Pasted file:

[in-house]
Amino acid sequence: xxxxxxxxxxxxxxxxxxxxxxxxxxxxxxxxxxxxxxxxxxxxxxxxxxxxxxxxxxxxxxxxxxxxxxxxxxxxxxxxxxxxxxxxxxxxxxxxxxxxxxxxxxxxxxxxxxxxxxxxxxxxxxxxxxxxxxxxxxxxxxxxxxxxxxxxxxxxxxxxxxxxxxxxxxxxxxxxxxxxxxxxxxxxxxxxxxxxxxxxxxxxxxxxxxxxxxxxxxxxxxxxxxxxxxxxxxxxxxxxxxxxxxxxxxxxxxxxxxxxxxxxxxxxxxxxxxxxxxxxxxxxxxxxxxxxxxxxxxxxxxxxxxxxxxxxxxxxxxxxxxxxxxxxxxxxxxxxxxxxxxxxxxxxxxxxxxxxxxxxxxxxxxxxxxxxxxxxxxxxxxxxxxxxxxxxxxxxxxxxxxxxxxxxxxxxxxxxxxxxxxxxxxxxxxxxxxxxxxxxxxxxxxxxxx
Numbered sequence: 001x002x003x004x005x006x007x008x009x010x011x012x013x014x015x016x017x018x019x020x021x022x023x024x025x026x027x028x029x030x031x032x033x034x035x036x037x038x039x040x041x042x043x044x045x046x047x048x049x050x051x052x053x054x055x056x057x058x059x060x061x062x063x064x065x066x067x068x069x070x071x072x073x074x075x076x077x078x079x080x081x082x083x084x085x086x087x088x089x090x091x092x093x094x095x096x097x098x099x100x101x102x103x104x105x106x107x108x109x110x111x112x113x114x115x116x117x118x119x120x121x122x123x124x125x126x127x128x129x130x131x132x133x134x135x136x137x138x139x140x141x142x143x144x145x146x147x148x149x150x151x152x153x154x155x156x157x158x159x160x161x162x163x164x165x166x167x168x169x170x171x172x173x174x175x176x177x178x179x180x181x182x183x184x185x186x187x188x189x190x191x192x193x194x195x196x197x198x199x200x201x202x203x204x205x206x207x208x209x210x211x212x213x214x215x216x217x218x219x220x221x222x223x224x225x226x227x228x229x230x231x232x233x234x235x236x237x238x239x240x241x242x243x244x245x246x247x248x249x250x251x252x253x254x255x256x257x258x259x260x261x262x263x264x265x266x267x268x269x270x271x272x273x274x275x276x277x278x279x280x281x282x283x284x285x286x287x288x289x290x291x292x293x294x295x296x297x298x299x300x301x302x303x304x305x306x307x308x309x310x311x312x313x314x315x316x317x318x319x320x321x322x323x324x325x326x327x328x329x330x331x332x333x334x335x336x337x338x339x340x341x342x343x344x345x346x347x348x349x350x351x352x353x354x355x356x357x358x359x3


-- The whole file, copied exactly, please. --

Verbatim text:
[in-house]
Amino acid sequence: xxxxxxxxxxxxxxxxxxxxxxxxxxxxxxxxxxxxxxxxxxxxxxxxxxxxxxxxxxxxxxxxxxxxxxxxxxxxxxxxxxxxxxxxxxxxxxxxxxxxxxxxxxxxxxxxxxxxxxxxxxxxxxxxxxxxxxxxxxxxxxxxxxxxxxxxxxxxxxxxxxxxxxxxxxxxxxxxxxxxxxxxxxxxxxxxxxxxxxxxxxxxxxxxxxxxxxxxxxxxxxxxxxxxxxxxxxxxxxxxxxxxxxxxxxxxxxxxxxxxxxxxxxxxxxxxxxxxxxxxxxxxxxxxxxxxxxxxxxxxxxxxxxxxxxxxxxxxxxxxxxxxxxxxxxxxxxxxxxxxxxxxxxxxxxxxxxxxxxxxxxxxxxxxxxxxxxxxxxxxxxxxxxxxxxxxxxxxxxxxxxxxxxxxxxxxxxxxxxxxxxxxxxxxxxxxxxxxxxxxxxxxxxxxxx
Numbered sequence: 001x002x003x004x005x006x007x008x009x010x011x012x013x014x015x016x017x018x019x020x021x022x023x024x025x026x027x028x029x030x031x032x033x034x035x036x037x038x039x040x041x042x043x044x045x046x047x048x049x050x051x052x053x054x055x056x057x058x059x060x061x062x063x064x065x066x067x068x069x070x071x072x073x074x075x076x077x078x079x080x081x082x083x084x085x086x087x088x089x090x091x092x093x094x095x096x097x098x099x100x101x102x103x104x105x106x107x108x109x110x111x112x113x114x115x116x117x118x119x120x121x122x123x124x125x126x127x128x129x130x131x132x133x134x135x136x137x138x139x140x141x142x143x144x145x146x147x148x149x150x151x152x153x154x155x156x157x158x159x160x161x162x163x164x165x166x167x168x169x170x171x172x173x174x175x176x177x178x179x180x181x182x183x184x185x186x187x188x189x190x191x192x193x194x195x196x197x198x199x200x201x202x203x204x205x206x207x208x209x210x211x212x213x214x215x216x217x218x219x220x221x222x223x224x225x226x227x228x229x230x231x232x233x234x235x236x237x238x239x240x241x242x243x244x245x246x247x248x249x250x251x252x253x254x255x256x257x258x259x260x261x262x263x264x265x266x267x268x269x270x271x272x273x274x275x276x277x278x279x280x281x282x283x284x285x286x287x288x289x290x291x292x293x294x295x296x297x298x299x300x301x302x303x304x305x306x307x308x309x310x311x312x313x314x315x316x317x318x319x320x321x322x323x324x325x326x327x328x329x330x331x332x333x334x335x336x337x338x339x340x341x342x343x344x345x346x347x348x349x350x351x352x353x354x355x356x357x358x359x3